Today, Adobe’s Behance has announced support for Phantom Wallet to allow people to showcase Solana-based NFTs on their profile, in addition to NFTs minted on Ethereum.
Starting today, Behance users can connect their Phantom wallet and showcase Solana-based NFTs on their Behance profiles. The move resonates perfectly with Behance’s mission to help creators to build their careers without being dictated by third parties.
Behance is built for freelancers, full-time gig sellers, those looking for subscriptions, those who want to sell templates, and those who want to live stream as well as those who want to sell NFTs.
Before today’s announcement, Behance users were only able to showcase NFTs minted on Ethereum. But there have been concerns about the amount of Energy used by Ethereum in addition to the rising Ethereum gas fees.
Solana vs. Ethereum
Ethereum blockchain uses a proof-of-work (PoW) consensus mechanism just like Bitcoin. The PoW mechanism is known to consume a lot of energy to process transactions.
On the contrary, Solana uses the proof-of-stake (PoS) consensus mechanism, which is cheaper and less energy-consuming compared to the PoW.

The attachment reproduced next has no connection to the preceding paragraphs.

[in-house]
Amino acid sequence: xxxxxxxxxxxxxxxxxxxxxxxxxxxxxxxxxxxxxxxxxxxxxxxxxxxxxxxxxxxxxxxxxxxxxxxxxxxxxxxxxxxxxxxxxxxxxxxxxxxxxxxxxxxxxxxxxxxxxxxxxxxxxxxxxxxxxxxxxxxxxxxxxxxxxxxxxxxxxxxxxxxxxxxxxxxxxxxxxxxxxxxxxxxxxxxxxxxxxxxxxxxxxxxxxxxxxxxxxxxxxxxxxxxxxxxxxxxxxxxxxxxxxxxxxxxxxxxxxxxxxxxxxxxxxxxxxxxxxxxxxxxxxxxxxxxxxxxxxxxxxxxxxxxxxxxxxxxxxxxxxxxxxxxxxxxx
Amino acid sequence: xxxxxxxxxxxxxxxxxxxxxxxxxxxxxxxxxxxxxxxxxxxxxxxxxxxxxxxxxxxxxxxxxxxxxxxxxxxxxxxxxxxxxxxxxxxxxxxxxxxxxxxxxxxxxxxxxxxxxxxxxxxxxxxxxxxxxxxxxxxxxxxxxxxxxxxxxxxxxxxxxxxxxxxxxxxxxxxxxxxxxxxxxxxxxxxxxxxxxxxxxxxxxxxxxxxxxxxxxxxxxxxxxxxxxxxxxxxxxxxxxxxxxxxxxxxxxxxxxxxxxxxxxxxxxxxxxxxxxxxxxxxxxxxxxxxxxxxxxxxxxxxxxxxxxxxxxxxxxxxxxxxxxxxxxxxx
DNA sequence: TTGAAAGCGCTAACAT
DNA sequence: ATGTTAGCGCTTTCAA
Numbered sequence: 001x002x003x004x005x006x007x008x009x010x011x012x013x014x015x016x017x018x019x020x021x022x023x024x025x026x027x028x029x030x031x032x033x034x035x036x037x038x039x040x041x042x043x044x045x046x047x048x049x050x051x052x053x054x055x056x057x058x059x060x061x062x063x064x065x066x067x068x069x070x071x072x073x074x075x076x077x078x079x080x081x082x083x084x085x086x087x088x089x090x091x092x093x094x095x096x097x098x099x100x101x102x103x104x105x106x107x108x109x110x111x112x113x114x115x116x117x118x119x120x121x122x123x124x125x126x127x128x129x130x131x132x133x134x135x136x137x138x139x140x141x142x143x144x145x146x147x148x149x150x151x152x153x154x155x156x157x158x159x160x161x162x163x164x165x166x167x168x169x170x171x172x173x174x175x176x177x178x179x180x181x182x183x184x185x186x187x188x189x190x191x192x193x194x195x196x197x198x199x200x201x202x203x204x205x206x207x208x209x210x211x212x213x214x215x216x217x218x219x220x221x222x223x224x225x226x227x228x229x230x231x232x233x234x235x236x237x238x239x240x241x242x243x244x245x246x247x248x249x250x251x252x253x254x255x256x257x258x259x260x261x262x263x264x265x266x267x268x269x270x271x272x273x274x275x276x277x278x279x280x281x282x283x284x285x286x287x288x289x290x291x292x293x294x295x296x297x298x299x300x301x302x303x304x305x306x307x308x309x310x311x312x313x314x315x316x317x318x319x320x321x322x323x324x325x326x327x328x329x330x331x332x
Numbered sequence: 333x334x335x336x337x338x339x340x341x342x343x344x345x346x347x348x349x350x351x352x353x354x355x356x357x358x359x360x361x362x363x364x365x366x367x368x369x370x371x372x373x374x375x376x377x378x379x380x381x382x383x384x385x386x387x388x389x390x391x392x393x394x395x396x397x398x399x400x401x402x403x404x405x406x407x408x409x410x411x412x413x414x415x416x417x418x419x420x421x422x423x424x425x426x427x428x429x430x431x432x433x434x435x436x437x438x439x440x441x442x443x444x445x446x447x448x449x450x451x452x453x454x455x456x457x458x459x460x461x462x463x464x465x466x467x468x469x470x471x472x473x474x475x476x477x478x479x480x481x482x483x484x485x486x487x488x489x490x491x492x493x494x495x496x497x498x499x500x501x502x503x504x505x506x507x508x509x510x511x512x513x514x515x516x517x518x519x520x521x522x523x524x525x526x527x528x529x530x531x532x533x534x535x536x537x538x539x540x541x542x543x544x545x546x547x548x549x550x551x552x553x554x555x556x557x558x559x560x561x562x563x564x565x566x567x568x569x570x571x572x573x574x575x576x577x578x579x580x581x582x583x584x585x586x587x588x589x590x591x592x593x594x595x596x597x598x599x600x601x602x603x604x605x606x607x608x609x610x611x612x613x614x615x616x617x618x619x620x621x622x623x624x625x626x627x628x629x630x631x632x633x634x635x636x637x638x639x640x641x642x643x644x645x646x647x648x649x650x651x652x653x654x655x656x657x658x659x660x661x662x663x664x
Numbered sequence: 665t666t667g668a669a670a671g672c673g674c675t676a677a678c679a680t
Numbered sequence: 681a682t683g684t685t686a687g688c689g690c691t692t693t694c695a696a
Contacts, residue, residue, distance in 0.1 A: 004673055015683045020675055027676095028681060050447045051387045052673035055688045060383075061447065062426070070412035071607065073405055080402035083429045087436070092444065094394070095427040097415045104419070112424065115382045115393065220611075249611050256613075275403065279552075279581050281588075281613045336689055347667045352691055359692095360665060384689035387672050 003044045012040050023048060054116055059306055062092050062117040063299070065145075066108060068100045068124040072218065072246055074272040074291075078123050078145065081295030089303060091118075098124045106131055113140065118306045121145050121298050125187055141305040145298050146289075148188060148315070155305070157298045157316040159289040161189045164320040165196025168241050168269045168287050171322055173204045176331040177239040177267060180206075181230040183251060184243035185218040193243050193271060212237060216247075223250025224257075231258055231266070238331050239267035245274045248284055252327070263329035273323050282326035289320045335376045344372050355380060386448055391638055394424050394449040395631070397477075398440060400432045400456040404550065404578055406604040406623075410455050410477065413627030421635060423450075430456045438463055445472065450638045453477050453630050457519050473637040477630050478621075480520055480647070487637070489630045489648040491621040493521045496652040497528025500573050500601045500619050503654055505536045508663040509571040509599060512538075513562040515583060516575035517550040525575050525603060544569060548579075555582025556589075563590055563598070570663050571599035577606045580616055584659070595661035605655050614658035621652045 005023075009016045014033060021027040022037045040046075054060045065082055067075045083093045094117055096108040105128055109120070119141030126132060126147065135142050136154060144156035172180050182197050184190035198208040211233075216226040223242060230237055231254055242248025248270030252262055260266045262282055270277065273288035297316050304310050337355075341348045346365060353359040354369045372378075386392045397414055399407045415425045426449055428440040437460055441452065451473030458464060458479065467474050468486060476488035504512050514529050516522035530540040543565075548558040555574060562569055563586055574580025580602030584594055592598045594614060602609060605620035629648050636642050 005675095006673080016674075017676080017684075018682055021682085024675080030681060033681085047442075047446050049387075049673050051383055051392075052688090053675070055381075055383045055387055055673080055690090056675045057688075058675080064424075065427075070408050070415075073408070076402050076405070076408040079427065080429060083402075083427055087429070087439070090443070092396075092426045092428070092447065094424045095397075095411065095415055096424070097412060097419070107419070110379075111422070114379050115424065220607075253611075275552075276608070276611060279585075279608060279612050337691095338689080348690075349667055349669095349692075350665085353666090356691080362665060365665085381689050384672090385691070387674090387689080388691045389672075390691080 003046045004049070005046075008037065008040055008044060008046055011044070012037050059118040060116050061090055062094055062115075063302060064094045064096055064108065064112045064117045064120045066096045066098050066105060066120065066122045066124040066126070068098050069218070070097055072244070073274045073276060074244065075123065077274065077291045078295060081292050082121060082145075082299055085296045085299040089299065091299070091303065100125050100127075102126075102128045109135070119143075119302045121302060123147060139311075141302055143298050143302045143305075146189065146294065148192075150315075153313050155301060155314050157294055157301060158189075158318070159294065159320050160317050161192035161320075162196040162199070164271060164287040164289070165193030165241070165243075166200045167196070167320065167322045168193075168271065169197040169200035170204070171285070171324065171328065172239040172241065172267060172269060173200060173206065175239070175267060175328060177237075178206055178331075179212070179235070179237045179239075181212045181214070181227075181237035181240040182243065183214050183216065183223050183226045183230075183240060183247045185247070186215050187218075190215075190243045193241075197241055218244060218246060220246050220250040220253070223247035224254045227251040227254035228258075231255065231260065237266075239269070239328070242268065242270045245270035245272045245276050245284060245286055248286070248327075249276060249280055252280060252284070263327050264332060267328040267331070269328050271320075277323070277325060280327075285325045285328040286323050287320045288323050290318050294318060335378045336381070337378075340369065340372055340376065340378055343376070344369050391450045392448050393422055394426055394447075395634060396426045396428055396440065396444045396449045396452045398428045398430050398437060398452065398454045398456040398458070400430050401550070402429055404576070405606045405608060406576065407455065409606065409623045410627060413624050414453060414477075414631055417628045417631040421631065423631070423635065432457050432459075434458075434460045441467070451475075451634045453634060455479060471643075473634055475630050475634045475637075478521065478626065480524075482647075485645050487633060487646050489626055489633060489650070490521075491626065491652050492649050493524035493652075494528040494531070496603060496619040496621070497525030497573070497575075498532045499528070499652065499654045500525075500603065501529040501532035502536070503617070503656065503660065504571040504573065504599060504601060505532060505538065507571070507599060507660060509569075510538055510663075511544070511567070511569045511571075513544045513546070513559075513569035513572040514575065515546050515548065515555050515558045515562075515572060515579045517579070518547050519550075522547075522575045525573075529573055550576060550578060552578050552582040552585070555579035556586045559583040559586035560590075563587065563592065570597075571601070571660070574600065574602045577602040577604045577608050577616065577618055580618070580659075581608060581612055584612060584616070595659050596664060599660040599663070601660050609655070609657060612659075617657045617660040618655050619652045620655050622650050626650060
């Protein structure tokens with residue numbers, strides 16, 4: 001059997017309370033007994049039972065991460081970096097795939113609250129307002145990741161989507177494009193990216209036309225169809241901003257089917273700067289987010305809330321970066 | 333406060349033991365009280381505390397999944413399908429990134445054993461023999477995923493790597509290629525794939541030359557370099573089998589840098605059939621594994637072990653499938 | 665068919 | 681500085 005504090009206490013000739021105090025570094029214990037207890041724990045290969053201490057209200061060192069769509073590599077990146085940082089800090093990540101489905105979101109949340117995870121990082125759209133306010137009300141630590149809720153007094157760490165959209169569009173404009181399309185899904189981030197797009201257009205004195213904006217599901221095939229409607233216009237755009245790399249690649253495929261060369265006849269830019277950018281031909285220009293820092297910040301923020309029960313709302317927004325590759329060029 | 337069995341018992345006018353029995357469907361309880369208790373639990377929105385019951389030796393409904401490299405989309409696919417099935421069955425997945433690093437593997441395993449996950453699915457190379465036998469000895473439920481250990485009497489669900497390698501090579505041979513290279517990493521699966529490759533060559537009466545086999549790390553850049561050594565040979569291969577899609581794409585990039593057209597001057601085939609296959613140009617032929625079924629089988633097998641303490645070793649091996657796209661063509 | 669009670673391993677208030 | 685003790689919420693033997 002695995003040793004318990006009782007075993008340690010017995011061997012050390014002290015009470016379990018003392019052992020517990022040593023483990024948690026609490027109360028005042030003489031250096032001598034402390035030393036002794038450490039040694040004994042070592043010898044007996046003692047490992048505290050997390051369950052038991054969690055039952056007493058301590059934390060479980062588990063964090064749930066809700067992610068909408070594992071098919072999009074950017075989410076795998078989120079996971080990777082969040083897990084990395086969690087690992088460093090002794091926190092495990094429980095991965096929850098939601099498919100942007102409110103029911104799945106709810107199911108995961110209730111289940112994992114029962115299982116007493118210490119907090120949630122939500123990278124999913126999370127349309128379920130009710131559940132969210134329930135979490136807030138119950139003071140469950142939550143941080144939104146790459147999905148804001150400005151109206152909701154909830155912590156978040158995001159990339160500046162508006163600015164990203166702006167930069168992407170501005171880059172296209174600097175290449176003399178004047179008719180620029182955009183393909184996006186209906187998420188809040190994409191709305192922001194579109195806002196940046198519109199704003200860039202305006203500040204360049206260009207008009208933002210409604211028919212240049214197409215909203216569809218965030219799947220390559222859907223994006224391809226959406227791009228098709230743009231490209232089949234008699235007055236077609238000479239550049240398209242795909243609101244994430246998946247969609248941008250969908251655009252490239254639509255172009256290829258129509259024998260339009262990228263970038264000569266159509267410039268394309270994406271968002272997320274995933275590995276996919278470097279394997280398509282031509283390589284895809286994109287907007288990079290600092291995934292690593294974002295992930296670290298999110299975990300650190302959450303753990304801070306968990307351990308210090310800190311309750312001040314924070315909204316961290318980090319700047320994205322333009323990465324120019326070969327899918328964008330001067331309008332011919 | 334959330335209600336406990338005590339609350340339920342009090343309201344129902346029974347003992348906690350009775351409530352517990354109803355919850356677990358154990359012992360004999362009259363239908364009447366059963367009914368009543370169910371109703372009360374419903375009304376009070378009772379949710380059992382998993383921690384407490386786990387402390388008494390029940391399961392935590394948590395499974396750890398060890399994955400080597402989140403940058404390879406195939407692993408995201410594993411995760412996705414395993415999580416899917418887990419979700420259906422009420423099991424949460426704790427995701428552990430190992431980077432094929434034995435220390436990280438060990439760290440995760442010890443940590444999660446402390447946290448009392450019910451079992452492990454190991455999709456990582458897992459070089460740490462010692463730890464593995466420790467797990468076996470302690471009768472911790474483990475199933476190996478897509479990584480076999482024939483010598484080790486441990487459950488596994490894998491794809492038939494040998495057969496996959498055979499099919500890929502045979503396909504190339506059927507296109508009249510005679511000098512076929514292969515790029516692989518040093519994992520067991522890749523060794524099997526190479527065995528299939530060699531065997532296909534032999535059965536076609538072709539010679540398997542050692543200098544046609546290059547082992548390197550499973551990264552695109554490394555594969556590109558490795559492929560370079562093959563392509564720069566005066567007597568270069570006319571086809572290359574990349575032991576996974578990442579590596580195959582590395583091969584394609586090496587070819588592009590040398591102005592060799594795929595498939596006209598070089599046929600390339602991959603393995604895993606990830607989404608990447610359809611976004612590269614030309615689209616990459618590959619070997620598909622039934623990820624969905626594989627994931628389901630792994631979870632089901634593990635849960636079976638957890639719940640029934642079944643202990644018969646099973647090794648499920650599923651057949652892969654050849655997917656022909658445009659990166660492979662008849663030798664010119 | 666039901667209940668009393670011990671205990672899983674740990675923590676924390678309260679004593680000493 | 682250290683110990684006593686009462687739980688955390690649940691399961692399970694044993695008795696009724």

A single transaction on Solana uses energy equivalent to that which is used during a Google search and only costs a fraction of a penny. Besides, Solana is simple to use and provides users with tools like Holaplex to set up their own NFT stores and Metaplex that gives technically inclined users full technical control.
Also, Solana NFT marketplaces like Form Function and Magic Eden feature many NFT creators and artists.
Behance and QuickNode partnership
QuickNode team has been of great assistance to Behance in building this feature on Solana. It is through their partnership that Behance users can now connect to the Phantom wallet and showcase their Solana-based NFTs.
As a follow-up, users’ addresses will be added to the ‘Content Credentials’ tool in PS to ensure users get credit for their work. This is an attempt to restrict NFTs from being stolen.
The Behance team also promised that more will be done in terms of additional chains and more advanced work to inform users (artists and creators) when their work is compromised or stolen.